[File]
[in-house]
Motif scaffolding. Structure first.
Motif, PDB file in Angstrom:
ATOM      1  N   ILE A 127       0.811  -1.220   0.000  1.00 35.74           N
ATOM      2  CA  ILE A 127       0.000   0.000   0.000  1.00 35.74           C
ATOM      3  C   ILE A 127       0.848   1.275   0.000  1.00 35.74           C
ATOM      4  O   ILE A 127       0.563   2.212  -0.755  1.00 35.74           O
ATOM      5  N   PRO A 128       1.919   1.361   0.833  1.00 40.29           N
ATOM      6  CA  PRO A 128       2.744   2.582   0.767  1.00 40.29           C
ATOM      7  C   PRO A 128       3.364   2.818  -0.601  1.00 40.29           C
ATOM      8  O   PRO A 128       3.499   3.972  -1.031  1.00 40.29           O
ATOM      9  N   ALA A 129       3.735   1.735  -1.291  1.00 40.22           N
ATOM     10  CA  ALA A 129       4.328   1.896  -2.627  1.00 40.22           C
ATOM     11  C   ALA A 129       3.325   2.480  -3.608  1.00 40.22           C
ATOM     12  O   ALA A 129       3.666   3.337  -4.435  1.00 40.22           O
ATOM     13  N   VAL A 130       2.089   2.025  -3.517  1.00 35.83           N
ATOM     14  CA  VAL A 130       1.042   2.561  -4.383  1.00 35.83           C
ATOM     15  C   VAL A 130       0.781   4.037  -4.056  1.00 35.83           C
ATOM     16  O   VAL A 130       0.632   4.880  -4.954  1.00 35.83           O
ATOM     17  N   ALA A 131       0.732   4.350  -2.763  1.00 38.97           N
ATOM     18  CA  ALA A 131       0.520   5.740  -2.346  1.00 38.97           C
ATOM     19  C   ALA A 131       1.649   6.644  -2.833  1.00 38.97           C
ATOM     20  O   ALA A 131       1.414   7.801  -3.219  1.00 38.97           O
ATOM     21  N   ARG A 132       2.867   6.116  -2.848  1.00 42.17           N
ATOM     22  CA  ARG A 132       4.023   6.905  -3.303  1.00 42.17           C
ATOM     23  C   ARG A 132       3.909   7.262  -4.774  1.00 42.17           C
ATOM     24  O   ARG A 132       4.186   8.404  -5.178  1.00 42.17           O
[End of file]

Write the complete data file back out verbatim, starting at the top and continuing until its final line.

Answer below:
[in-house]
Motif scaffolding. Structure first.
Motif, PDB file in Angstrom:
ATOM      1  N   ILE A 127       0.811  -1.220   0.000  1.00 35.74           N
ATOM      2  CA  ILE A 127       0.000   0.000   0.000  1.00 35.74           C
ATOM      3  C   ILE A 127       0.848   1.275   0.000  1.00 35.74           C
ATOM      4  O   ILE A 127       0.563   2.212  -0.755  1.00 35.74           O
ATOM      5  N   PRO A 128       1.919   1.361   0.833  1.00 40.29           N
ATOM      6  CA  PRO A 128       2.744   2.582   0.767  1.00 40.29           C
ATOM      7  C   PRO A 128       3.364   2.818  -0.601  1.00 40.29           C
ATOM      8  O   PRO A 128       3.499   3.972  -1.031  1.00 40.29           O
ATOM      9  N   ALA A 129       3.735   1.735  -1.291  1.00 40.22           N
ATOM     10  CA  ALA A 129       4.328   1.896  -2.627  1.00 40.22           C
ATOM     11  C   ALA A 129       3.325   2.480  -3.608  1.00 40.22           C
ATOM     12  O   ALA A 129       3.666   3.337  -4.435  1.00 40.22           O
ATOM     13  N   VAL A 130       2.089   2.025  -3.517  1.00 35.83           N
ATOM     14  CA  VAL A 130       1.042   2.561  -4.383  1.00 35.83           C
ATOM     15  C   VAL A 130       0.781   4.037  -4.056  1.00 35.83           C
ATOM     16  O   VAL A 130       0.632   4.880  -4.954  1.00 35.83           O
ATOM     17  N   ALA A 131       0.732   4.350  -2.763  1.00 38.97           N
ATOM     18  CA  ALA A 131       0.520   5.740  -2.346  1.00 38.97           C
ATOM     19  C   ALA A 131       1.649   6.644  -2.833  1.00 38.97           C
ATOM     20  O   ALA A 131       1.414   7.801  -3.219  1.00 38.97           O
ATOM     21  N   ARG A 132       2.867   6.116  -2.848  1.00 42.17           N
ATOM     22  CA  ARG A 132       4.023   6.905  -3.303  1.00 42.17           C
ATOM     23  C   ARG A 132       3.909   7.262  -4.774  1.00 42.17           C
ATOM     24  O   ARG A 132       4.186   8.404  -5.178  1.00 42.17           O